“I have kissed Sir John Tomlinson.”
published in: Opera
|Chris Maltman (Photo: Pia Clodi)|
“I have kissed Sir John Tomlinson. Many, many times. There, I’ve said it. And, believe me, it’s not something that I had anticipated in my career, even in my wildest student daydreaming days. In fact, this summer has seen a few other firsts for me. My first on-stage decapitation (even if I was a little over enthusiastic on the first night and managed to send the Green Knight’s head tumbling among the double basses), my first bout of cannibalism, both given and received, and finally my first time spending twenty five minutes under a blanket. All operatic milestones I simply could not have anticipated.
But, if I were to pluck out a single word that sums up both the best and the worst of the life of an itinerant opera singer such as myself, it would be ‘unpredictable’. We are often asked to go to the most exotic locations, to be treated like princes and princesses, dine with the great and the good, live among the clouds and drift ethereally through an opera costumed in couture. The next week could be sitting in the rain in Birmingham eating cold sandwiches and changing for your concert in a glorified toilet after having ironed your own shirt. I find these contrasts the most wonderfully leveling and illuminating parts of, for want of a better word, my job. The rarified experiences of luxury and privilege often make me crave the simplicity of mundanity and, to give a current example, fixing a leaky sink this morning as I mentally prepare for my second performance of Gawain makes me fully appreciate those moments when my every need is catered for by others.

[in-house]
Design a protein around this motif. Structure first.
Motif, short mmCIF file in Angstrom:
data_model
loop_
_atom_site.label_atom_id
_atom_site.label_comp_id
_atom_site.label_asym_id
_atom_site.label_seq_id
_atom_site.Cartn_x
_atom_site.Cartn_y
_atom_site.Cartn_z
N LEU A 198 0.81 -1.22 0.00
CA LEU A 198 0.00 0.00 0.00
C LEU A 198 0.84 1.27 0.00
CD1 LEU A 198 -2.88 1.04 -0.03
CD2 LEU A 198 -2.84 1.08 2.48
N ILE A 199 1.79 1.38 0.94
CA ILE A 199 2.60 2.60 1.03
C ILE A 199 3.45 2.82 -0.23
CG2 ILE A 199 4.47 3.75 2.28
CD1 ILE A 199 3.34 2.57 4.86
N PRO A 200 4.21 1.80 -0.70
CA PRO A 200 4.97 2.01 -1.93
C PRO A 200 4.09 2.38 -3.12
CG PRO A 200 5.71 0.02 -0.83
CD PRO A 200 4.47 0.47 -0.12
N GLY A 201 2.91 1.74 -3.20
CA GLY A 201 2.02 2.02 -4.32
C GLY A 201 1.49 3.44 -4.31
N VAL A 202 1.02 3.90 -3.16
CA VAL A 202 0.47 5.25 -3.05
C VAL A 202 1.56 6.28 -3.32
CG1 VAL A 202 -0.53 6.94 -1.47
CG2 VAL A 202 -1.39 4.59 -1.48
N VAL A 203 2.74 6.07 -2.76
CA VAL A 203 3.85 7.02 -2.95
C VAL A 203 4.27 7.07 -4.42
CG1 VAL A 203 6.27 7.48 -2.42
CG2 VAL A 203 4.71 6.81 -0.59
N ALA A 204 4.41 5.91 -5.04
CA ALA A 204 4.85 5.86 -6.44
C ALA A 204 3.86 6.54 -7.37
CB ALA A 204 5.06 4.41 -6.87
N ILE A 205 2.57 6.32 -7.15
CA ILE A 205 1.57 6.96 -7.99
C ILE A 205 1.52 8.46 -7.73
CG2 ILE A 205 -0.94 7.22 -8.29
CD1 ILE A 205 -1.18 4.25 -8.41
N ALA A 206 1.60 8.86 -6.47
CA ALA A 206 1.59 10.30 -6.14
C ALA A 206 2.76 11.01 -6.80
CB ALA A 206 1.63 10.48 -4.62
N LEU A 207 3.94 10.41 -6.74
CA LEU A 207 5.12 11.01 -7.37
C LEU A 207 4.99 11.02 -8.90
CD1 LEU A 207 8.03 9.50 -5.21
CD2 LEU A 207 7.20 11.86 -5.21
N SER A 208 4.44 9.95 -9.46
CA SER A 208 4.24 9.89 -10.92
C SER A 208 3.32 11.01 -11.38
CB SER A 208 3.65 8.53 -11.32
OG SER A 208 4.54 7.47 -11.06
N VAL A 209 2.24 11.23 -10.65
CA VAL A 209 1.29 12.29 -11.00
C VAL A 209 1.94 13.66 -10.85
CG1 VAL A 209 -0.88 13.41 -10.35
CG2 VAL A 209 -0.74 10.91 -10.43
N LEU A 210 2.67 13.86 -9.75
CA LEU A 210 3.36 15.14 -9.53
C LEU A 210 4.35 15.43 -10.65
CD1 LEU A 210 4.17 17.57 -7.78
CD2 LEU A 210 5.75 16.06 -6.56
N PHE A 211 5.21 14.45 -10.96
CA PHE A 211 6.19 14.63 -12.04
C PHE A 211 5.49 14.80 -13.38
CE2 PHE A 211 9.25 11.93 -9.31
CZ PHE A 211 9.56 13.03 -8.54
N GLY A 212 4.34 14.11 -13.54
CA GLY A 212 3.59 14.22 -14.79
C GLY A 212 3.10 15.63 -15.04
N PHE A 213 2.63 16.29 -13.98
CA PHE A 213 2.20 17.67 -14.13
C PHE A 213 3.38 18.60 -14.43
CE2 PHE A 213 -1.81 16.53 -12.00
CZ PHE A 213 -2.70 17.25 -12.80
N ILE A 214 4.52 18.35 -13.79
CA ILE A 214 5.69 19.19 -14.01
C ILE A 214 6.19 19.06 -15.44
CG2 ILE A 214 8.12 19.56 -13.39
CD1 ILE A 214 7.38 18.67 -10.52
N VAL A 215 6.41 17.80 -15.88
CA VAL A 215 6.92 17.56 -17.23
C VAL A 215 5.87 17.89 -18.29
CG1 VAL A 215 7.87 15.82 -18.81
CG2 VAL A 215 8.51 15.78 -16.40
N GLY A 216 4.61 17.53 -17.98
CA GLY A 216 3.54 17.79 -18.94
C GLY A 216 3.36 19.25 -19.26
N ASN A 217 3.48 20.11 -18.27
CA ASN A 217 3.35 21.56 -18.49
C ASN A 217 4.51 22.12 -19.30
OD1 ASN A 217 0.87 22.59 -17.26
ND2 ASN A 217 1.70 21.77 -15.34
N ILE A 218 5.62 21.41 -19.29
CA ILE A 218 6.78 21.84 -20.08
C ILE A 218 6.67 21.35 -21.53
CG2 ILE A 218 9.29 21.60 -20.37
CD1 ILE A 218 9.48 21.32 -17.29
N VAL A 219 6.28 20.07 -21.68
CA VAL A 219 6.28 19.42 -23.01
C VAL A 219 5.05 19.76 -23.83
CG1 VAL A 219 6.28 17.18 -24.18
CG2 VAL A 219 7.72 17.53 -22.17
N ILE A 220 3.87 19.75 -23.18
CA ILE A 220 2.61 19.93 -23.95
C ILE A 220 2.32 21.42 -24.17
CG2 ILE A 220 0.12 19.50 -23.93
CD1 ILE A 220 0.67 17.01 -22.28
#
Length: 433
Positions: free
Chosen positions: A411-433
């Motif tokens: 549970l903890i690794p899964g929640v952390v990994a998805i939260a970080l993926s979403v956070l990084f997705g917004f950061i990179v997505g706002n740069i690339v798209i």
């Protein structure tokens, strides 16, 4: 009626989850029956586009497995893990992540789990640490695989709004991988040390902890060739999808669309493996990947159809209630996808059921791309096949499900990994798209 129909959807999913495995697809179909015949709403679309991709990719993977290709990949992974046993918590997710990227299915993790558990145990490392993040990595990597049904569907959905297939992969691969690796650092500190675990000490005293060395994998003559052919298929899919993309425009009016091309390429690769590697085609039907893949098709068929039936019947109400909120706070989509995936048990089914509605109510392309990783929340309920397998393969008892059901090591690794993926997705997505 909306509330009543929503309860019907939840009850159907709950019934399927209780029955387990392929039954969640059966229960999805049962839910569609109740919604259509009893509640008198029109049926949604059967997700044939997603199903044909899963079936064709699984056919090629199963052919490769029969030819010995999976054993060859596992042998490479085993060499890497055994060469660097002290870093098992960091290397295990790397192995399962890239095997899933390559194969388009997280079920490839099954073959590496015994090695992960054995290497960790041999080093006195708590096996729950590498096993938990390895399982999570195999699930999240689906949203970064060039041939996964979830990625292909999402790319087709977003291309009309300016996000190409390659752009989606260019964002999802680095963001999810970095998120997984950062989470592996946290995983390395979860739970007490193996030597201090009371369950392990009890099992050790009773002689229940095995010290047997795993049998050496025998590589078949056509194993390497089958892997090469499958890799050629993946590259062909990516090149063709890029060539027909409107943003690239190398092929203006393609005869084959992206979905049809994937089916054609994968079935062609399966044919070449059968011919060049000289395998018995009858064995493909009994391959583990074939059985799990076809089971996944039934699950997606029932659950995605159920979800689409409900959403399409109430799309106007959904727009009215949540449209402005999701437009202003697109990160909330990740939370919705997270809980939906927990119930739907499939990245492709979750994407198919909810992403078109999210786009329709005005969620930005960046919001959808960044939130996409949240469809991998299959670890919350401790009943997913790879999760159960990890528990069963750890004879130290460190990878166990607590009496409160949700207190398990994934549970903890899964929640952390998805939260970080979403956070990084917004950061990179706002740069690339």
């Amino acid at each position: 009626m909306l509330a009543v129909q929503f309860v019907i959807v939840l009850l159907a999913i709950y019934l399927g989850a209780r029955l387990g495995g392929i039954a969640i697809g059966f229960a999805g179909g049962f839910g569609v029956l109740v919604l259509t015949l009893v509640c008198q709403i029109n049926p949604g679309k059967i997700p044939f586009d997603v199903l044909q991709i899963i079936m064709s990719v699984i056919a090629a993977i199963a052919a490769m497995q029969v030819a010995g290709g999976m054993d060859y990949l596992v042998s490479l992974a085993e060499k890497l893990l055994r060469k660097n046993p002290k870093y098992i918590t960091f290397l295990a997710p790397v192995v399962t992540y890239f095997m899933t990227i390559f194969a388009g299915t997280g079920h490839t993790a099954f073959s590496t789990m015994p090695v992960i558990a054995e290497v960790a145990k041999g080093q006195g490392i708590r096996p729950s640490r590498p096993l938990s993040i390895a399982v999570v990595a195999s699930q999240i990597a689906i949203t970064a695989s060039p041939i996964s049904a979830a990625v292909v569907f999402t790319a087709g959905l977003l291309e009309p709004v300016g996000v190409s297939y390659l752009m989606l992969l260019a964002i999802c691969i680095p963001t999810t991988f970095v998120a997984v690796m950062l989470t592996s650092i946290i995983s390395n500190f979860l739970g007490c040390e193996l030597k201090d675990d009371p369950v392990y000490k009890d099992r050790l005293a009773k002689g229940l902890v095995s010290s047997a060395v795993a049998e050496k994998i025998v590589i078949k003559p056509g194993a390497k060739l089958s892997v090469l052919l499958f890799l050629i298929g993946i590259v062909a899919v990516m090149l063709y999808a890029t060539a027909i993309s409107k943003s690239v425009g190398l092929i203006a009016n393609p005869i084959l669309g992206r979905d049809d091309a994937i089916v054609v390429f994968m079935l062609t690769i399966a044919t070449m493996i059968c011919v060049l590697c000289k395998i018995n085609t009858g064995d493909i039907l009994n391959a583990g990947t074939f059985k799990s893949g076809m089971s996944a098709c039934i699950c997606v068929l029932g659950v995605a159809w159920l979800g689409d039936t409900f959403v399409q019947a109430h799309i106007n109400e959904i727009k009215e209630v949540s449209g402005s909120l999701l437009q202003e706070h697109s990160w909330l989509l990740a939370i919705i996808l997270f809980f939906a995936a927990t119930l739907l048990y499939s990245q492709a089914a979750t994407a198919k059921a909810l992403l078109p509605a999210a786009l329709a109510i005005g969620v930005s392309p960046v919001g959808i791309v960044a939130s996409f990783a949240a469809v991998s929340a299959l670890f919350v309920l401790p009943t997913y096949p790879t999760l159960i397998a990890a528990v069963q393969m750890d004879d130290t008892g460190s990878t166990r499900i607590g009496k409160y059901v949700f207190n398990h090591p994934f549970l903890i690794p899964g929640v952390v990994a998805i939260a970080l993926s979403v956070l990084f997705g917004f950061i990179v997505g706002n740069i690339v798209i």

Balance is one of the reasons I love being in Salzburg. In my last blog I alluded to a few of my guilty pleasures while living and working in this stunning town. But everything here is typified by excellence, whether ‘high brow’ or ‘salt of the earth’. Those who know Salzburg’s ‘summers’ will be a little puzzled by our current July which has seen the mercury burst through forty degrees on occasion. Normally, the few burningly glorious days of thirty plus heat are equalled by similarly ardent downpours and temperatures in the teens, both exhilarating. My every visit to Salzburg starts with a pilgrimage to the Augustiner brewery to cleanse my palate with, in my estimation, one of the finest beers in the world. It’s gloriously, deliciously simple, in contrast to my visits to Obauer and Ikarus, though I delight in both experiences just as much as each other. On Monday I could be entertained by the Vienna Philharmonic, Jedermann, Shakespeare or Mozart, on Tuesday have by breath taken away by mountain flowers and the infinite view from atop the Untersberg (after walking up it, of course!). Everything Salzburg does, it does superlatively well; simple or complex, art or nature, beer or gastronomy. And, to top it all off, I kissed a real, live Knight. On the cheek.”